Blogger: Angela Clare, Researcher

Waterloo: A Family's Story

On 18 June 1815 at the battle of Waterloo, the Allied armies under Lords Wellington and Blücher defeated the French, bringing to an end the Napoleonic Wars which had raged for over 15 years. Amongst the Royal Armouries’ archives is a collection of papers relating to the military careers of three brothers; William, Henry and Charles Dawson, which comprises extracts from official publications and from the letters they sent home. The archive was put together by their father, Pudsey Dawson, and their younger brother Pudsey Junior.

Extract from the officer’s list of the 52nd Regiment, including Lieutenant Charles Dawson

Extract from the officer’s list of the 52nd Regiment, including Lieutenant Charles Dawson

William Dawson joined the Royal Navy and served with distinction, on one occasion taking command when his captain was killed and capturing a French frigate. He rose to the rank of Captain and the command of his own ship, but died from fever in Madras in 1811, aged 29. Henry and Charles were officers in the 52nd (Oxfordshire) Regiment, serving during the campaign in Portugal and Spain. Both were wounded in the terrible siege of Badajos, and Henry was killed in 1812 during the retreat from Burgos, aged 24. Charles survived the Peninsular campaign to fight at Waterloo, where he was again severely wounded.

Hand drawn colour map of the Battle of Waterloo, showing the dispositions of both armies on the night before the battle

Hand drawn colour map of the Battle of Waterloo, showing the dispositions of both armies on the night before the battle

The archive includes four maps relating to the Waterloo campaign, showing the countryside of the surrounding area and the troop dispositions on the day. The 52nd fought on the right of the line, close to the famous Chateau Hougoumont, and took part in the repulse of the Imperial Guard which finally broke the French army. Although Charles had survived the war he died aged 25 in 1817. This remarkable collection acts as a sad memorial of a father to his sons, and gives us an insight into some of the personal stories of the Napoleonic Wars.

Blogger: Stuart Ivinson, Library Assistant

A Model Battle

The Royal Armouries in Leeds is home to a model of part of the battle of Waterloo; the model was made by Captain William Siborne in 1842–43. Siborne had not been at the battle but on hearing that the site was to be altered he decided to make a model of the site exactly as it was on 18 June 1815 at 2pm.

A section of the Battle of Waterloo model

A section of the Battle of Waterloo model

The model of the battlefield is 18 ft 4 in. by 7 ft 5 in and made up of ten sections. The model is made to a scale of 15 feet to 1 inch and the figures are to a scale of 6 feet to 1 inch in order that they might remain identifiable. The farm buildings are also this scale to avoid incongruity.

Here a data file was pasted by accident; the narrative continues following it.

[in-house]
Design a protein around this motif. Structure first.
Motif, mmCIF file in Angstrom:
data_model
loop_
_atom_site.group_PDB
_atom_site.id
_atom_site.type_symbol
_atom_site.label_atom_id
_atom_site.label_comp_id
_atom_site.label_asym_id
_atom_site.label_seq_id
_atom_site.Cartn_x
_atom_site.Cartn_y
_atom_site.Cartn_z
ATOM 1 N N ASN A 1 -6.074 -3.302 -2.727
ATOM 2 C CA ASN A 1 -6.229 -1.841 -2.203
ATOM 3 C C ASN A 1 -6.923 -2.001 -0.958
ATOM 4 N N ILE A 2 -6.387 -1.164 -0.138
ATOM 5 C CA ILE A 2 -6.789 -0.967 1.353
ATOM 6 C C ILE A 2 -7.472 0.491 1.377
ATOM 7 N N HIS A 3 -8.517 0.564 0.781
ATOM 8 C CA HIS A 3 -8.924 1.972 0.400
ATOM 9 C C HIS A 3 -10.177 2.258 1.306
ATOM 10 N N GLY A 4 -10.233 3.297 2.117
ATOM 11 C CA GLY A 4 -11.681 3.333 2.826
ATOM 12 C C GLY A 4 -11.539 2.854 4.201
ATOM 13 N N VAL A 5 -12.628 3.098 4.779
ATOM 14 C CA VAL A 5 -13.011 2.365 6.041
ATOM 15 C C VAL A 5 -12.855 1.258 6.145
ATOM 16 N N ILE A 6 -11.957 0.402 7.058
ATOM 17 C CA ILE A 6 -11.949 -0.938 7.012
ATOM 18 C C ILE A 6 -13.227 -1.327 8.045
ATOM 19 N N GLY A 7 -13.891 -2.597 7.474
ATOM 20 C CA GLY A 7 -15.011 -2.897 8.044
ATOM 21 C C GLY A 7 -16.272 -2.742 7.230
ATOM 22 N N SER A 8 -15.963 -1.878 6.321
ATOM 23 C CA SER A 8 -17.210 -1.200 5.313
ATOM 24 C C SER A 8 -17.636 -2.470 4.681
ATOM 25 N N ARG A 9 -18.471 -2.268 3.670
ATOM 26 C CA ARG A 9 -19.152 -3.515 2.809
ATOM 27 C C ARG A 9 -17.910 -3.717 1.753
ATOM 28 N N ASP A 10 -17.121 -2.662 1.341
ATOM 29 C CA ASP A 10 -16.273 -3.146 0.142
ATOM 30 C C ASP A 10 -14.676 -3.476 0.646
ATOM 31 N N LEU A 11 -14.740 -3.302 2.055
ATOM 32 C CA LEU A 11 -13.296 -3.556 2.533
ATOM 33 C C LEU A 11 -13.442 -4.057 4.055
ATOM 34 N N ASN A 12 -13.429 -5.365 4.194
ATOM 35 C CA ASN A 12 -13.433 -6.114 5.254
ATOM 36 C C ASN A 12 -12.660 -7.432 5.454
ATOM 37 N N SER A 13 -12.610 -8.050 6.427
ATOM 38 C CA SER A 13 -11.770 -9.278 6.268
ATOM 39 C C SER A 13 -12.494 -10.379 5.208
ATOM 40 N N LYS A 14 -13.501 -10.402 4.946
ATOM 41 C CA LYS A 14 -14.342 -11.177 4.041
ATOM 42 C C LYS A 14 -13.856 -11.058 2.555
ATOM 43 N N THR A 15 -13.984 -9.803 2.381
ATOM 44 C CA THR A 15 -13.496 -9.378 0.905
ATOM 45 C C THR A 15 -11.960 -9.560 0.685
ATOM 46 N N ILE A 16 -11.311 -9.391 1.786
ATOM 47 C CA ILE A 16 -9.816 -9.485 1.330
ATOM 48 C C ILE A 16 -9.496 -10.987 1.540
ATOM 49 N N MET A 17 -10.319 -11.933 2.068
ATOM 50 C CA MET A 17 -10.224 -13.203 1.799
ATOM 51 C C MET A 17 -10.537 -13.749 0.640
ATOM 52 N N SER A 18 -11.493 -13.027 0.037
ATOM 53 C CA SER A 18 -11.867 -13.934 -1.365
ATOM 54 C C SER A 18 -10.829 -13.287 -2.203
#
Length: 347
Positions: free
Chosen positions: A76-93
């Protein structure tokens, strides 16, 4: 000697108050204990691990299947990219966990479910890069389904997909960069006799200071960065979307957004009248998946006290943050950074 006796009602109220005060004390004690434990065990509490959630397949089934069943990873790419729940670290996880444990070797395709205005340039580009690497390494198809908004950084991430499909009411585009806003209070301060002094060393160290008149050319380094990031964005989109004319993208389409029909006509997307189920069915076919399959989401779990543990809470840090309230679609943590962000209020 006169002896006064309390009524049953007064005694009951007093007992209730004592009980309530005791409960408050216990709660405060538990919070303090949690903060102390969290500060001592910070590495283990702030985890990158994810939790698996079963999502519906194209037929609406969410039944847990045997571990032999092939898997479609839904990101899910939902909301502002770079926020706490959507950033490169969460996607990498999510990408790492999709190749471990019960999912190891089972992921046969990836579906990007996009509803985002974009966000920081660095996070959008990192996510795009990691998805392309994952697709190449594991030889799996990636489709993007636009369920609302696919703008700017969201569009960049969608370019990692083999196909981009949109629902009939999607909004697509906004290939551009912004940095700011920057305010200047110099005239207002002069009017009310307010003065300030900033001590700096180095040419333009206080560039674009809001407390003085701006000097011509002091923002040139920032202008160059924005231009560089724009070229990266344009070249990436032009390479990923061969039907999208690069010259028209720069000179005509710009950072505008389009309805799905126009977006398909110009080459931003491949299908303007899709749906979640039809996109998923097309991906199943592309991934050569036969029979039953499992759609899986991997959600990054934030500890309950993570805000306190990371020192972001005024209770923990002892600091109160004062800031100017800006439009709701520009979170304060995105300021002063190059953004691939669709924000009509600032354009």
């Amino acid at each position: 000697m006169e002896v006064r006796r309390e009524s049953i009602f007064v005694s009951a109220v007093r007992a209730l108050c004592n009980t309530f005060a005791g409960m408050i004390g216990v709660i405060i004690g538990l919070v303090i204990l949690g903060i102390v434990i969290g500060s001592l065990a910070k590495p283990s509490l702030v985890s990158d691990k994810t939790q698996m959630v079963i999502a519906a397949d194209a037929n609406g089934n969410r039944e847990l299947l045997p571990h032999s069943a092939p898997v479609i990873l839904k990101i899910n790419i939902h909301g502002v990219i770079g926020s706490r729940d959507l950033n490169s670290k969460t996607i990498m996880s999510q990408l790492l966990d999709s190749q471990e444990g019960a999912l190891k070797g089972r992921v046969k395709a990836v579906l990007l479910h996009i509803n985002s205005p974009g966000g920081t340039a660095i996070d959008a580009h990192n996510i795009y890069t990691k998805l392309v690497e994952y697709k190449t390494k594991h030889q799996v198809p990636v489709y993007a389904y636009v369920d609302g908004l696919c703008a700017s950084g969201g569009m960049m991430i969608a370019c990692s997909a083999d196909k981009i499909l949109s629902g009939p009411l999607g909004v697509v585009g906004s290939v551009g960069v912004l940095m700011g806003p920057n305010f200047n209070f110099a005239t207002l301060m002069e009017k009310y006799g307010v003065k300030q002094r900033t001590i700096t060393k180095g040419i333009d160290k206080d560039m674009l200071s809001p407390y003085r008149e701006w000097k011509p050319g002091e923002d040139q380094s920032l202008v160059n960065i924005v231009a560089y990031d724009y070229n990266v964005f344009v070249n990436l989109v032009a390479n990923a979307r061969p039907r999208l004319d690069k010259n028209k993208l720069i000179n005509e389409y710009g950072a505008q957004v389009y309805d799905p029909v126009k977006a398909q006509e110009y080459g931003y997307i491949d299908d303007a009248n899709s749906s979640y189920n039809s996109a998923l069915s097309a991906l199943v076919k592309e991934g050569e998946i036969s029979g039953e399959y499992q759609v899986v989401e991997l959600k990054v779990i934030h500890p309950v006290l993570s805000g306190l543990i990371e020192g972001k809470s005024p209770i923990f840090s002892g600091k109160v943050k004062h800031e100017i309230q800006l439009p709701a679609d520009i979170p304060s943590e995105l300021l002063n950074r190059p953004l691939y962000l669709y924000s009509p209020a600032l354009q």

The model shows the area around the Brussels-Wavre crossroads, including the farm of La Haye Sainte, which was a critical position during the battle. The farmhouse was key to the centre of Wellington’s position. It was held by an Allied German garrison who fought bravely. When they ran out of ammunition they went on fighting with rifle butts and throwing stones, but eventually the French captured this important position. The Duke of Wellington and his staff are shown in the model to the North-West of La Haye Sainte.

Close up of Battle of Waterloo model

Close up of Battle of Waterloo model

The model was first exhibited in London in 1844 but we do not know for certain where the Royal Armouries model moved then until 1868 when it was shown in Germany. Further exhibitions on the continent were then abandoned due to representations from the French Government.

The model returned to Dublin in possession of a Mr Evans, who seems to have put up the money for it and to have foreclosed. It was later rediscovered in the possession of a Mr Barrington in a storehouse near Dublin in 1907. Mrs Barrington-Malone inherited the property, and transferred the model to the Staff College, Camberley.

In 1925 it was taken into charge of the Tower Armouries, and moved to the Tower of London in 1935, where it was restored by a Mr Cawood. The model was displayed in the Small Arms Room of the White Tower until 1949. Then it was cleaned again, possibly by Russell Robinson, and stored until 1962 when it was moved to Dover Castle. It was returned in 1982, and finally put back on display in Leeds in 1996.

Blogger: Angela Clare, Researcher

Fake Spotting – Top Tips

Fakers and forgers have always sought to deceive collectors with cleverly constructed copies, but would you be able to tell the difference? Standard thickness plates and screw threads, and spots of metal and scratches from electric or gas welders and evidence of the use of grinding tools are all obvious signs of modern methods. If the clues are more difficult to spot, scientific analysis through x-rays and microscopes can help to reveal the underlying composition of an object.

Duck's Foot Pistol

Duck's Foot Pistol

Here are our top tips on how to spot a fake:

1. Does it work?

Do visors lift as they are supposed to, do hinges open and close, do gun mechanisms operate? Often, logic and common sense are lost in the fabrication of fakes!

2. Does it use the correct materials?

Bronze is often a good indicator; old bronze is yellower, whilst more modern bronze tends to have a reddish hue.

3. Is it like the real thing?

For example, Samuel Pratt’s fake helmets were often much bigger, heavier and more intractable than the genuine articles. It was often impossible to actually wear them due to their weight and shape, and the vision slits were often in the wrong places.